You can burn it to a CD but do not increase the record level too much or you may introduce clipping. If you want we can make a .WAV file available rather than this high-quality MP3.
    Downloaded the file, it's clear enough. I think it will give an idea. I'll test it at the weekend.
    Thank you.

  18. #358
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    Default Vocal presentation - the explanation? Check the TechTalk section of the website

    Dear Adnan,

    When you said “Vocals through a horn or a cave” I think you are saying the vocals are sometimes too far at the back compared to other speakers. Am I correct to say that? I did experience similar effect when I bought my S5HL. Now, I have solved the issue.

    From the Harbeth knowledge base you will find different characteristics of loudspeakers. I may be wrong but I think most of today’s loudspeakers were deliberately made “'Pinched', 'pushed', 'shouting', 'colored' type which on first listening may sound attractive. They are unnatural and can become fatiguing.

    I noticed that you have a big room, and it is very possible that you have placed the Harbeth M40 too wide apart. I made the same mistake with my Super 5. Try making the speakers closer, and you would notice that the vocal presentation is more forward than placing the loudspeakers too far apart. Alternatively, you can use my somewhat unorthodox method of listening to vocals through one loudspeaker only and see if they have the quality I am looking for. Trust me, Harbeth will give the most accurate representation. In short, they don't lie as I discovered just yesterday the thunder sound in a track I am very familiar with was actually man made sound, maybe made by hitting a oil drum or flapping a large metal plate to sound like a thunder.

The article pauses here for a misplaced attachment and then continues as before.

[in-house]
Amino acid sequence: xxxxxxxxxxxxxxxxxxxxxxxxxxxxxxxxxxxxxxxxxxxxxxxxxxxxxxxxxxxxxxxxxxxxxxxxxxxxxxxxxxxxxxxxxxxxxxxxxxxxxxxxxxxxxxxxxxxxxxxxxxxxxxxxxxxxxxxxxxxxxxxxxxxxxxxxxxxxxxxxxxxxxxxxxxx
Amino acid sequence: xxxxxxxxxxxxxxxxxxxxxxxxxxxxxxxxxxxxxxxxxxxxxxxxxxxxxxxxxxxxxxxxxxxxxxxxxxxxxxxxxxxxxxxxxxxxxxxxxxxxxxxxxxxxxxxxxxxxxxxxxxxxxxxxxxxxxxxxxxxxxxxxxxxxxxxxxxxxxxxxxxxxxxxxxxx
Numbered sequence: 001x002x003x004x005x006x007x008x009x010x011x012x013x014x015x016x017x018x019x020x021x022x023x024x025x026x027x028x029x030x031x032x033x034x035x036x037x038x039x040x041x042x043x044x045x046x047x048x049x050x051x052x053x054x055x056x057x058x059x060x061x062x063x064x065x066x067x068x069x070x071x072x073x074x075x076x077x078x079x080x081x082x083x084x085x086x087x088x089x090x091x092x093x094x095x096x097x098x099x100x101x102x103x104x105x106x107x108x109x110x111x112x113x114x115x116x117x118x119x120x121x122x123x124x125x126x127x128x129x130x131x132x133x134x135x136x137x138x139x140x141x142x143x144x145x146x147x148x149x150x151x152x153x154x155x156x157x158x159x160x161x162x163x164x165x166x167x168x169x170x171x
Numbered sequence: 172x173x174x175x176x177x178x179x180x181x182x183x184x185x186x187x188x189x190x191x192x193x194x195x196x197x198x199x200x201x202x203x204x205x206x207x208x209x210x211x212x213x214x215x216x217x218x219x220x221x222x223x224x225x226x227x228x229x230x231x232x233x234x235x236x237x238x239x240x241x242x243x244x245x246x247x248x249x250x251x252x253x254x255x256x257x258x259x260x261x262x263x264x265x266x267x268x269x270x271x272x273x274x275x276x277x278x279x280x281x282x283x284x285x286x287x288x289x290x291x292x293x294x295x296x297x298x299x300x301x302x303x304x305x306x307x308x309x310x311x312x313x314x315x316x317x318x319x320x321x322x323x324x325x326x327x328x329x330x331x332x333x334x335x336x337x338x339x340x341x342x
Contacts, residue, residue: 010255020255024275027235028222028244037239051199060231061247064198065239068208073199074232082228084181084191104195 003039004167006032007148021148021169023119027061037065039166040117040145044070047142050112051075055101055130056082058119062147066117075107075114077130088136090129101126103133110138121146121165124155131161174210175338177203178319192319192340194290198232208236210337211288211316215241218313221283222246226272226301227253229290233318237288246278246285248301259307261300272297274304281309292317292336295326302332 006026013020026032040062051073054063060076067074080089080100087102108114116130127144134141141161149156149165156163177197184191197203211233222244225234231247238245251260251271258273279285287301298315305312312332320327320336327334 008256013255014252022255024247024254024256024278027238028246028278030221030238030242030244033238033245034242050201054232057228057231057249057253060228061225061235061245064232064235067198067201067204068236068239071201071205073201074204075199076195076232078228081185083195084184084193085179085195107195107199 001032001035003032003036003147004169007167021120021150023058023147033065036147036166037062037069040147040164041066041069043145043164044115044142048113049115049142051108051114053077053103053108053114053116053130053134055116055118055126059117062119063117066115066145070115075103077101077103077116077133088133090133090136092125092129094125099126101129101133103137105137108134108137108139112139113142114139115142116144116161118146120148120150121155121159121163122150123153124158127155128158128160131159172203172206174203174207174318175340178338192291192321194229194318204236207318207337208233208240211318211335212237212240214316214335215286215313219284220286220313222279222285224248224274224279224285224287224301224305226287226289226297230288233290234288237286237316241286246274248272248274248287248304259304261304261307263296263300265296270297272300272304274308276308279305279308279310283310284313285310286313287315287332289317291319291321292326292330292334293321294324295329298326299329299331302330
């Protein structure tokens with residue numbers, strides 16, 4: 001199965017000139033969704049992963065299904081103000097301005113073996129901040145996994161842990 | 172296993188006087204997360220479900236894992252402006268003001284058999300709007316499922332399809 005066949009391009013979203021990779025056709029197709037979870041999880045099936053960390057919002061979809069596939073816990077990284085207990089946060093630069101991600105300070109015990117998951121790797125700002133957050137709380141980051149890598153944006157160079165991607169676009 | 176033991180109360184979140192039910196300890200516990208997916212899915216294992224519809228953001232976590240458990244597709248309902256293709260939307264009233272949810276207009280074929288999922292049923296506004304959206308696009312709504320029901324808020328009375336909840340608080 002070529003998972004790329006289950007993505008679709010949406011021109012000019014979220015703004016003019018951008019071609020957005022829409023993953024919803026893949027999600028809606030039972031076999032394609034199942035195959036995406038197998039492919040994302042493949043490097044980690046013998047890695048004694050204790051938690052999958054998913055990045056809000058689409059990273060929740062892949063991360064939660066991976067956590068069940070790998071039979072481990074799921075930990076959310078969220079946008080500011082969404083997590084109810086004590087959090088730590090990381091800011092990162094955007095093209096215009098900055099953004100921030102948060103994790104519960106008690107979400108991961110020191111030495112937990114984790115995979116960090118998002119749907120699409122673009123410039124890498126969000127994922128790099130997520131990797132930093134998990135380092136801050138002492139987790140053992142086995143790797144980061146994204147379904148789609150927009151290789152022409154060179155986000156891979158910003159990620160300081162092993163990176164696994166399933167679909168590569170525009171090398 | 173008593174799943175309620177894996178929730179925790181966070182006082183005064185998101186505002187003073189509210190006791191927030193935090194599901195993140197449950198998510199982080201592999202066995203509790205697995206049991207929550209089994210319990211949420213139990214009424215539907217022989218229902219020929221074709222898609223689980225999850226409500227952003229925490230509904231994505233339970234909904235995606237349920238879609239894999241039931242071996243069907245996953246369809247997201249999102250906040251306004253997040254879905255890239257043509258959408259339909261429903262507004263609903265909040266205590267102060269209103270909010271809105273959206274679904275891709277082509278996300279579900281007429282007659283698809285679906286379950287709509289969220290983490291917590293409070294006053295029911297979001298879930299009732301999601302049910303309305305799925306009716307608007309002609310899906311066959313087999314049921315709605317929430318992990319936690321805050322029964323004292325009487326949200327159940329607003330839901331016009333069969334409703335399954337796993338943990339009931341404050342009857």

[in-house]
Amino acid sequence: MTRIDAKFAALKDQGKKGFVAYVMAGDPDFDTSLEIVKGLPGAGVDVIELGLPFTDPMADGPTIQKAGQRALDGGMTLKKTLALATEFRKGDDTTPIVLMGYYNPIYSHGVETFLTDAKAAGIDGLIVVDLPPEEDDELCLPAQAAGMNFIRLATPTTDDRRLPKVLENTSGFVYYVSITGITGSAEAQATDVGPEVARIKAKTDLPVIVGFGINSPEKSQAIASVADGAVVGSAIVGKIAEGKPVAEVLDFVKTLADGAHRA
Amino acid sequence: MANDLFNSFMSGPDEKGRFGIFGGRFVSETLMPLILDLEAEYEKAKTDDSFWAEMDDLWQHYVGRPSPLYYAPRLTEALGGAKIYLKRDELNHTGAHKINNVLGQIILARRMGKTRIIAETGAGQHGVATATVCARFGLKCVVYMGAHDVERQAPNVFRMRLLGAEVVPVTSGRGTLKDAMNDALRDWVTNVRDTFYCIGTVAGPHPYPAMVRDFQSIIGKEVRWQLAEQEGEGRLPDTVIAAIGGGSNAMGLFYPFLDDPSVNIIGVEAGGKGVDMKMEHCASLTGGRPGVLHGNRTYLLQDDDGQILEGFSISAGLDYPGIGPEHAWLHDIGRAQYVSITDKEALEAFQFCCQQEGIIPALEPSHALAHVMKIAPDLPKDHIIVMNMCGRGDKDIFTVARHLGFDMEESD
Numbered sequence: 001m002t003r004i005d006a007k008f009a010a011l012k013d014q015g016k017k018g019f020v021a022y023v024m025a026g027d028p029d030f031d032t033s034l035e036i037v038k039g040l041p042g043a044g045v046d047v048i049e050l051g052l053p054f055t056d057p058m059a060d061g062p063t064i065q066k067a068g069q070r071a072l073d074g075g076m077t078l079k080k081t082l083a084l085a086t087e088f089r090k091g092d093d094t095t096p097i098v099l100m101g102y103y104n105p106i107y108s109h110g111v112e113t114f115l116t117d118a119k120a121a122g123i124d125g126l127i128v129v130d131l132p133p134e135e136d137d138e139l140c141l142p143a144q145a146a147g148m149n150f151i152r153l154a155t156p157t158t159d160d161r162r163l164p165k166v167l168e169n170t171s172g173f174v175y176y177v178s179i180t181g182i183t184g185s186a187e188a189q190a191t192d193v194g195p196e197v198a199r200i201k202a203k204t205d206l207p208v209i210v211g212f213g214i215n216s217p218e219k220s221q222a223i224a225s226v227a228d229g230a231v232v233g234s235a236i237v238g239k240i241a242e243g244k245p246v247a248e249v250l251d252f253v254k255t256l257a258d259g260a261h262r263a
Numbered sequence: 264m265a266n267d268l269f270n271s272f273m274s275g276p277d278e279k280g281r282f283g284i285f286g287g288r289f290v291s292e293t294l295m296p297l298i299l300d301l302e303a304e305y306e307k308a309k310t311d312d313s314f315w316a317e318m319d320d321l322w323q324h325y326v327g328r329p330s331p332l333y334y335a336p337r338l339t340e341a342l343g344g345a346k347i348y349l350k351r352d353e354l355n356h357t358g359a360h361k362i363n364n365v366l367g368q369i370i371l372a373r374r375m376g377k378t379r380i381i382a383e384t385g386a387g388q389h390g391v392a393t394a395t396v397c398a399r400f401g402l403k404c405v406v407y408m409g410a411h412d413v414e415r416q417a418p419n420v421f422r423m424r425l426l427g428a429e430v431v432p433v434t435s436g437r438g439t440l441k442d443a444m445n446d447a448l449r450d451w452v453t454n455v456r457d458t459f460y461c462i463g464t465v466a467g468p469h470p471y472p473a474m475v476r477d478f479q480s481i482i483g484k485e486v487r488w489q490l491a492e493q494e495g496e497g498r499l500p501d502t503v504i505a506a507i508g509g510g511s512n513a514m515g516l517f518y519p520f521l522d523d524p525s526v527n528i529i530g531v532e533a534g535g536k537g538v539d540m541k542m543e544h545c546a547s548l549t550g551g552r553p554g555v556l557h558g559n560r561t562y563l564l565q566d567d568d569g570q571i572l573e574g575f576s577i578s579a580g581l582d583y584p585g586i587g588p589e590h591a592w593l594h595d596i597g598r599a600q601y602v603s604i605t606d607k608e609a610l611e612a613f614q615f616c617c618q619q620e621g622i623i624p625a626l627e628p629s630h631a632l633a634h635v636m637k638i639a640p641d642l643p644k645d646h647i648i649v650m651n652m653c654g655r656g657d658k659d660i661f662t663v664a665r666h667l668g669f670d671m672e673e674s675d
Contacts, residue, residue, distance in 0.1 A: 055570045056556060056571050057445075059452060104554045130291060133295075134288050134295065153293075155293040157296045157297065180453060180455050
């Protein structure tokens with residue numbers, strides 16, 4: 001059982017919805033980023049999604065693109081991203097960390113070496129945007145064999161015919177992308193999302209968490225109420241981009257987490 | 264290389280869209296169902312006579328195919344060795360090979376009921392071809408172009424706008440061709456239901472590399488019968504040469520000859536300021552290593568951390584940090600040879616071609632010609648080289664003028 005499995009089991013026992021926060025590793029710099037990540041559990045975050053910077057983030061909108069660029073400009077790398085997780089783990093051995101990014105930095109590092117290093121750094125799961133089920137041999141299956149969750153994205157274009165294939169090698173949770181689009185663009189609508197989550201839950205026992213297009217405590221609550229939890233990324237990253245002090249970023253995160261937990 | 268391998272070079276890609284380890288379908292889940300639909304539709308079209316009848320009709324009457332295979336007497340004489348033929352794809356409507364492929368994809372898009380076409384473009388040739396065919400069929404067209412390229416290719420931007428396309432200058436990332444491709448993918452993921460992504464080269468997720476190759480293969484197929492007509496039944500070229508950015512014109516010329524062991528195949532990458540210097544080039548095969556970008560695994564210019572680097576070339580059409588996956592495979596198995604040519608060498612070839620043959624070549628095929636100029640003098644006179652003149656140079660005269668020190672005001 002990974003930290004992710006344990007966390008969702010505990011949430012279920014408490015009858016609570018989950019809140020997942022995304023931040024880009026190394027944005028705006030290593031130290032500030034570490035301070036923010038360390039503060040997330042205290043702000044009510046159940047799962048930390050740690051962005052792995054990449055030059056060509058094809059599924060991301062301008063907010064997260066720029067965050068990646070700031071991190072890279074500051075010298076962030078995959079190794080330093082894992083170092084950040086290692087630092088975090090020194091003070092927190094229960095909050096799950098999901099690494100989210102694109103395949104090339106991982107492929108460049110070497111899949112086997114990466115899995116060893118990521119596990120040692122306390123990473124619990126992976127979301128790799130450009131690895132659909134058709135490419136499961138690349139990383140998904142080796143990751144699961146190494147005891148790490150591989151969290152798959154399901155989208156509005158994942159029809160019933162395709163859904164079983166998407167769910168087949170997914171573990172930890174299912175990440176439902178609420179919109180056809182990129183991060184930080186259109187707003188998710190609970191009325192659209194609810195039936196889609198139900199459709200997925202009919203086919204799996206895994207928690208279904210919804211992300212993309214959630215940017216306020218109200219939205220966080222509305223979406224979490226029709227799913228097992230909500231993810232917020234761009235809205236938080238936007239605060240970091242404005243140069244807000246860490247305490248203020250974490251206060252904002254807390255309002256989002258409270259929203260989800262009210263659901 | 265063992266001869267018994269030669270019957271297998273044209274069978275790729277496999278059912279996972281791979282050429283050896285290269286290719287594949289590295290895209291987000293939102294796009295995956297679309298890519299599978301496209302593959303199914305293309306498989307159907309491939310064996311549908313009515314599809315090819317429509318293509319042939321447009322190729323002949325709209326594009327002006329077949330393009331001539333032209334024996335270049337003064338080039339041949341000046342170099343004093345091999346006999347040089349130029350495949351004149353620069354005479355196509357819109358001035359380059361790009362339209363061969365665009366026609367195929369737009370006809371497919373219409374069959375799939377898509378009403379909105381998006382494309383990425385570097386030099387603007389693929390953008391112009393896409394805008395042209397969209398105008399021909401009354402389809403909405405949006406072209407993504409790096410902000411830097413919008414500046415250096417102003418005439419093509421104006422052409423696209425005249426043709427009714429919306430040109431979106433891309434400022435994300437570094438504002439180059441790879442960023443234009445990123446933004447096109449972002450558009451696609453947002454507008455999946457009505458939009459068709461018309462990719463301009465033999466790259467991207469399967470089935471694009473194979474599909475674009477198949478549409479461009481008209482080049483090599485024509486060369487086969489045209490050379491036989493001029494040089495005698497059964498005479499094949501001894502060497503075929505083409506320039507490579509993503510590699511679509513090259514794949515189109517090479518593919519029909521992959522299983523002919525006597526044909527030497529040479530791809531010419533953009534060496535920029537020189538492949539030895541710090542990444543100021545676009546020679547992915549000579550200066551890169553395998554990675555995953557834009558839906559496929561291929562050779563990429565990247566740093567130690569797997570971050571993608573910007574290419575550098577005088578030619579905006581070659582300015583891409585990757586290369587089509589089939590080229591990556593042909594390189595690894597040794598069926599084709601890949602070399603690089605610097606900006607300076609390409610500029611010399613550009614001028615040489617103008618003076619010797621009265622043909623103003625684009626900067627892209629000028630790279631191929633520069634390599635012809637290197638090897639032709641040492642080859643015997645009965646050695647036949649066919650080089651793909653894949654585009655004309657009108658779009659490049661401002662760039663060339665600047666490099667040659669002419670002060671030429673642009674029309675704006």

If I may suggest, you may want to consider the newer and better Harbeth. The M40.1 would be nice or even the S5HL.

    ST

  19. #359
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    Default

    I checked the sales records. Can you confirm that the M40s you listened to were eucalyptus veneer?

    To date, no M40.1s have been sold directly to your country.
    Alan A. Shaw
    Designer, owner
    Harbeth Audio UK

  20. #360
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    Default Confirm M40

    Quote Originally Posted by A.S. View Post
    ...Can you confirm that the M40s you listened to were eucalyptus veneer?
    Yes, it was eucalyptus veneer.